The Los Angeles Police Protective League filed a lawsuit Friday on behalf of three officers against an anti-police website that they claim put a "bounty" on the officers’ heads after posting photos and other personal information on city cops released in a public records request, according to a report.
The recent release of more than 9,300 LAPD officers’ information has caused a furor within the department after it was requested by police abolitionist group called Stop LAPD Spying Coalition. It also mistakenly included the names of undercover officers, Fox News reports.
"I deeply regret that this mistake happened," Police Chief Michel Moore told FOX 11 last week. "I understand personally, given my own death threats and on matters of me as a public figure and my family has endured as a chief and even before that, how troubling this can be to a member of this organization, and even more so to those that are involved in sensitive and or confidential investigations."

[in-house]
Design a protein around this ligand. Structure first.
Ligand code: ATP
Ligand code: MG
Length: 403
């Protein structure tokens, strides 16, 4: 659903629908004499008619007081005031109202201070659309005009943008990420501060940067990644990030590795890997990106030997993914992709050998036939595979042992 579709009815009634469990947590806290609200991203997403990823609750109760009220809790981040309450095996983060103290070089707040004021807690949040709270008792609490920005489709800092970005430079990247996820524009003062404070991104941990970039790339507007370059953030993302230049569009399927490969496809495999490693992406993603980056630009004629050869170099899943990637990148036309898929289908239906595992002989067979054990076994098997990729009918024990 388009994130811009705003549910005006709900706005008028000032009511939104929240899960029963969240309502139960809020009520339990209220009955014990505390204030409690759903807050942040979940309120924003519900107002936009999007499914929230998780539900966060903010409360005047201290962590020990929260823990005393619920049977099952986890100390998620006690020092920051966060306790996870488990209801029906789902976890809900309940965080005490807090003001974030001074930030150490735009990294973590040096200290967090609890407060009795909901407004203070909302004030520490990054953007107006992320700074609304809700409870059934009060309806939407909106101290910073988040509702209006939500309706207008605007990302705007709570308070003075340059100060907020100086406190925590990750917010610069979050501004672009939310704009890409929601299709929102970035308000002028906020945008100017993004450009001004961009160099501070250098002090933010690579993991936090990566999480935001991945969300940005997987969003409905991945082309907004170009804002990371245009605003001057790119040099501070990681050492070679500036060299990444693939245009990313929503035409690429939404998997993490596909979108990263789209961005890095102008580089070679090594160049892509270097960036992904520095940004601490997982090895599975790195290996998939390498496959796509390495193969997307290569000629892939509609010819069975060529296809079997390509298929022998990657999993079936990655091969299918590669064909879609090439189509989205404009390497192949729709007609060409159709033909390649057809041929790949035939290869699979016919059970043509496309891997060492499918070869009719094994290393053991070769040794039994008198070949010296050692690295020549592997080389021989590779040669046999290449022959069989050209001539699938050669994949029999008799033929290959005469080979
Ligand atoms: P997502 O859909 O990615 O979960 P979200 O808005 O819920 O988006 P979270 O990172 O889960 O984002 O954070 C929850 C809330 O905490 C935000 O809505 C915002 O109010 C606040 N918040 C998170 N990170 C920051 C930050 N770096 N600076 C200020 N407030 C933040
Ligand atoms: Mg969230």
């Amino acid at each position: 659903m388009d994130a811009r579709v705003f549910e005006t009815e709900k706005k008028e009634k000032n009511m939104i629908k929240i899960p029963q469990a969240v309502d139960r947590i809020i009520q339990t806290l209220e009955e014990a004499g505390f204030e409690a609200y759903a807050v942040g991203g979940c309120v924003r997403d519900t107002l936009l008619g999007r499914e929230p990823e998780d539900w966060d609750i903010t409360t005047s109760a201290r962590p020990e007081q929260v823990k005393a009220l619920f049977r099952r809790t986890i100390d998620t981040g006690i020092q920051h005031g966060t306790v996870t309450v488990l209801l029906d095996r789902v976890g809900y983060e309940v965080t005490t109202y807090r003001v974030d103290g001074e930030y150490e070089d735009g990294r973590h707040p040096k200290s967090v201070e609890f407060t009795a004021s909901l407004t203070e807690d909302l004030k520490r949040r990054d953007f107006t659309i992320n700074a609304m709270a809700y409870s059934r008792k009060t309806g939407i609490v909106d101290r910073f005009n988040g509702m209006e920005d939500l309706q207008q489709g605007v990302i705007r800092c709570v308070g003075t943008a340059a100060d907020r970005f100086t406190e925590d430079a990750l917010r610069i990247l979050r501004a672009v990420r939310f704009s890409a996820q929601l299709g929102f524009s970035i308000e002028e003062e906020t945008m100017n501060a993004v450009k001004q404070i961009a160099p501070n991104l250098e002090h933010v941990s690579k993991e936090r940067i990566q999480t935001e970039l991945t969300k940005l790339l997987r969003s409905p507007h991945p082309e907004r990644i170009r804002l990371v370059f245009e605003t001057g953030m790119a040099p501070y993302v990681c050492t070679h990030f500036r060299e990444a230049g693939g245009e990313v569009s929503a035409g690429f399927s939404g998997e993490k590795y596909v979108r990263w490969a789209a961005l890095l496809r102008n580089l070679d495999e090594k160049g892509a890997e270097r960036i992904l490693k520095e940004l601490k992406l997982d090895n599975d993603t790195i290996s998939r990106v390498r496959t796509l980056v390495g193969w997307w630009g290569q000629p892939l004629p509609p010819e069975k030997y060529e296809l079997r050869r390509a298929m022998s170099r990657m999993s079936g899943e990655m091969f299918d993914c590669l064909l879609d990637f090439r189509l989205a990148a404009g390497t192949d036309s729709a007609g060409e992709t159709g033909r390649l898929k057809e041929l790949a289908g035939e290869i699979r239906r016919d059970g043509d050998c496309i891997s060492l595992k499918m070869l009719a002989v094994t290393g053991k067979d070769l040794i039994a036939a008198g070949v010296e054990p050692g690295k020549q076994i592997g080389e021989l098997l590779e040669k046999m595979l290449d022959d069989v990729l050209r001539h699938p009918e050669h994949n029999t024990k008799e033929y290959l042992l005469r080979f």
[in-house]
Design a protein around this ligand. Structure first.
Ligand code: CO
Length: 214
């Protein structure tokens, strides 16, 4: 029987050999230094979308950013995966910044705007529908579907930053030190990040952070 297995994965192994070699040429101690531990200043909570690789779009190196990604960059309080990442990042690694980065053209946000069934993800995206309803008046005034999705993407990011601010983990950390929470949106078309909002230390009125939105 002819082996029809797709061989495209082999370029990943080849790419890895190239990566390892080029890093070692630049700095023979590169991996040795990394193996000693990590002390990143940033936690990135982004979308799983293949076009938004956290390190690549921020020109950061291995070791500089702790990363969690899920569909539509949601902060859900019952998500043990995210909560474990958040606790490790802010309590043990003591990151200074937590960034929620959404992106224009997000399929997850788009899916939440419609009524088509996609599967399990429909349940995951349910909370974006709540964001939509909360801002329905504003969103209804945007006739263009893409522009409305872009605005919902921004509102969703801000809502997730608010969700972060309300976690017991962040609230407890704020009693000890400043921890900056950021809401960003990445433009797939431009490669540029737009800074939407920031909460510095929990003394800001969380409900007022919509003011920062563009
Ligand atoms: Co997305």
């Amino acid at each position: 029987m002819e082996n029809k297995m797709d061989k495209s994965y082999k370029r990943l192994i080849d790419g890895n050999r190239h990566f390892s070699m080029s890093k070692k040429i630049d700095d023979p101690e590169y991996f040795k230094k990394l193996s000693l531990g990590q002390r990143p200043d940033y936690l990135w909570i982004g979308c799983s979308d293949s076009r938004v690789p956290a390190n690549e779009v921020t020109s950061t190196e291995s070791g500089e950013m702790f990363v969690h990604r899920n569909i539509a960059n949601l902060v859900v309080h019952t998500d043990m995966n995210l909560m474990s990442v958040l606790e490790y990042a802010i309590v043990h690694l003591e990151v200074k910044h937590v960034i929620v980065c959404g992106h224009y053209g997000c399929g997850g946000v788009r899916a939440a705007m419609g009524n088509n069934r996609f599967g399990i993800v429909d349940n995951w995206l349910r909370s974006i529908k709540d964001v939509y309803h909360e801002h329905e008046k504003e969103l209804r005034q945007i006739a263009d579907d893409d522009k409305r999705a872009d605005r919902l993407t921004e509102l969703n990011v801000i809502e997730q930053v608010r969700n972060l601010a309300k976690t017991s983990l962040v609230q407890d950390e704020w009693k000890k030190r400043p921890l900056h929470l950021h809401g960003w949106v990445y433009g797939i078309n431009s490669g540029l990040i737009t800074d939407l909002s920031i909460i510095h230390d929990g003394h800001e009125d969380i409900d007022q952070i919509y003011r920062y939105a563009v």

Officers Adam Gross, Adrian Rodriguez and Douglas Panameno, none of whom are undercover, have named Steven Sutcliffe, owner of killercop.com, in the lawsuit, requesting that the photos be removed from the website, according to the Los Angeles Times.
Sutcliffe also has a Twitter handle @killercop1984, according to the lawsuit, on which he allegedly posted on March 20, "Remember, #Rewards are double all year for #detectives and #female cops," alongside an image quoting the General Counsel at Los Angeles Police Protective League saying killercop.com was offering $1,000 and $2,000 to anyone who killed an officer, according to court documents, the Times reported.
Sutcliffe told the New York Post his "free speech" was being infringed upon with the lawsuit.